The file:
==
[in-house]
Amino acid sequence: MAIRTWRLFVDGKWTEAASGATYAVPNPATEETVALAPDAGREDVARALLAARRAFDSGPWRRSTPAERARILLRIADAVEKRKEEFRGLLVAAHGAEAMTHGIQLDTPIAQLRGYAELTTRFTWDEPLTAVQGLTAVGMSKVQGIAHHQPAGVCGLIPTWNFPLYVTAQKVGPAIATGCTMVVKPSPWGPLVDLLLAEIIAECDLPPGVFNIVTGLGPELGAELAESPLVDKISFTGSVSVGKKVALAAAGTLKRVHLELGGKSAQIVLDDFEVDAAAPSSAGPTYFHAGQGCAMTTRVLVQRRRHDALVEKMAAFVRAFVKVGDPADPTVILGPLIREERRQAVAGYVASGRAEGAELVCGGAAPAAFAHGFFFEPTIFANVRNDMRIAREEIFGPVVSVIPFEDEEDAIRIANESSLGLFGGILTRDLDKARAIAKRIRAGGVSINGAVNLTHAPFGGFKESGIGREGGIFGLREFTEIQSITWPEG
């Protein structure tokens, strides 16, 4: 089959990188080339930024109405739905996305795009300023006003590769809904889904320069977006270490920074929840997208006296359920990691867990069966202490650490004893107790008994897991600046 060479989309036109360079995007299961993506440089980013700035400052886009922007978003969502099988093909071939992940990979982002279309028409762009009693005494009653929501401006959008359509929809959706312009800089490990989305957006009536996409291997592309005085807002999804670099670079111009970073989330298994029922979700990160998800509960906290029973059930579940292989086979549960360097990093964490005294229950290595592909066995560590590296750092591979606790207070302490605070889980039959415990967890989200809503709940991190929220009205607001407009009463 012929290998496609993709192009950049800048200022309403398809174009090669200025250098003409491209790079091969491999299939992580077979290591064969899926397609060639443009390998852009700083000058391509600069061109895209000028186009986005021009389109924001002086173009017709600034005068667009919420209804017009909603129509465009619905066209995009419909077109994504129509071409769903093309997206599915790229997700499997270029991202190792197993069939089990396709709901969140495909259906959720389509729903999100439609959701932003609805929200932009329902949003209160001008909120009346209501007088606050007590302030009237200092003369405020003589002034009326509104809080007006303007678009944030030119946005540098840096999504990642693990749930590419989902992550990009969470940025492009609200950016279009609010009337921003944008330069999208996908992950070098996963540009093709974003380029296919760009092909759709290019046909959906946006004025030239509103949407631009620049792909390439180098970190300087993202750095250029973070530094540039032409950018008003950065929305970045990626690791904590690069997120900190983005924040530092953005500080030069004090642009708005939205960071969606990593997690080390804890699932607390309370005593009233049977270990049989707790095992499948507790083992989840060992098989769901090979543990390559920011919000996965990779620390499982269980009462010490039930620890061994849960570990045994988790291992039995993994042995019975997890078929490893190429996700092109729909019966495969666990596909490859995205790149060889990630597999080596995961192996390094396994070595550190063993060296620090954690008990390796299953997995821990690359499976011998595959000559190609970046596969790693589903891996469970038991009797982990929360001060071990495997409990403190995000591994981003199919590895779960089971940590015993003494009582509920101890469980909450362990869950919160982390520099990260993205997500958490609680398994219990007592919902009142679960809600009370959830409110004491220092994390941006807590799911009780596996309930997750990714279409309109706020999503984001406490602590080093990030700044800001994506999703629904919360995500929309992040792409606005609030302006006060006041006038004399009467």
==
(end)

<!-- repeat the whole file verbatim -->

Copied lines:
[in-house]
Amino acid sequence: MAIRTWRLFVDGKWTEAASGATYAVPNPATEETVALAPDAGREDVARALLAARRAFDSGPWRRSTPAERARILLRIADAVEKRKEEFRGLLVAAHGAEAMTHGIQLDTPIAQLRGYAELTTRFTWDEPLTAVQGLTAVGMSKVQGIAHHQPAGVCGLIPTWNFPLYVTAQKVGPAIATGCTMVVKPSPWGPLVDLLLAEIIAECDLPPGVFNIVTGLGPELGAELAESPLVDKISFTGSVSVGKKVALAAAGTLKRVHLELGGKSAQIVLDDFEVDAAAPSSAGPTYFHAGQGCAMTTRVLVQRRRHDALVEKMAAFVRAFVKVGDPADPTVILGPLIREERRQAVAGYVASGRAEGAELVCGGAAPAAFAHGFFFEPTIFANVRNDMRIAREEIFGPVVSVIPFEDEEDAIRIANESSLGLFGGILTRDLDKARAIAKRIRAGGVSINGAVNLTHAPFGGFKESGIGREGGIFGLREFTEIQSITWPEG
């Protein structure tokens, strides 16, 4: 089959990188080339930024109405739905996305795009300023006003590769809904889904320069977006270490920074929840997208006296359920990691867990069966202490650490004893107790008994897991600046 060479989309036109360079995007299961993506440089980013700035400052886009922007978003969502099988093909071939992940990979982002279309028409762009009693005494009653929501401006959008359509929809959706312009800089490990989305957006009536996409291997592309005085807002999804670099670079111009970073989330298994029922979700990160998800509960906290029973059930579940292989086979549960360097990093964490005294229950290595592909066995560590590296750092591979606790207070302490605070889980039959415990967890989200809503709940991190929220009205607001407009009463 012929290998496609993709192009950049800048200022309403398809174009090669200025250098003409491209790079091969491999299939992580077979290591064969899926397609060639443009390998852009700083000058391509600069061109895209000028186009986005021009389109924001002086173009017709600034005068667009919420209804017009909603129509465009619905066209995009419909077109994504129509071409769903093309997206599915790229997700499997270029991202190792197993069939089990396709709901969140495909259906959720389509729903999100439609959701932003609805929200932009329902949003209160001008909120009346209501007088606050007590302030009237200092003369405020003589002034009326509104809080007006303007678009944030030119946005540098840096999504990642693990749930590419989902992550990009969470940025492009609200950016279009609010009337921003944008330069999208996908992950070098996963540009093709974003380029296919760009092909759709290019046909959906946006004025030239509103949407631009620049792909390439180098970190300087993202750095250029973070530094540039032409950018008003950065929305970045990626690791904590690069997120900190983005924040530092953005500080030069004090642009708005939205960071969606990593997690080390804890699932607390309370005593009233049977270990049989707790095992499948507790083992989840060992098989769901090979543990390559920011919000996965990779620390499982269980009462010490039930620890061994849960570990045994988790291992039995993994042995019975997890078929490893190429996700092109729909019966495969666990596909490859995205790149060889990630597999080596995961192996390094396994070595550190063993060296620090954690008990390796299953997995821990690359499976011998595959000559190609970046596969790693589903891996469970038991009797982990929360001060071990495997409990403190995000591994981003199919590895779960089971940590015993003494009582509920101890469980909450362990869950919160982390520099990260993205997500958490609680398994219990007592919902009142679960809600009370959830409110004491220092994390941006807590799911009780596996309930997750990714279409309109706020999503984001406490602590080093990030700044800001994506999703629904919360995500929309992040792409606005609030302006006060006041006038004399009467």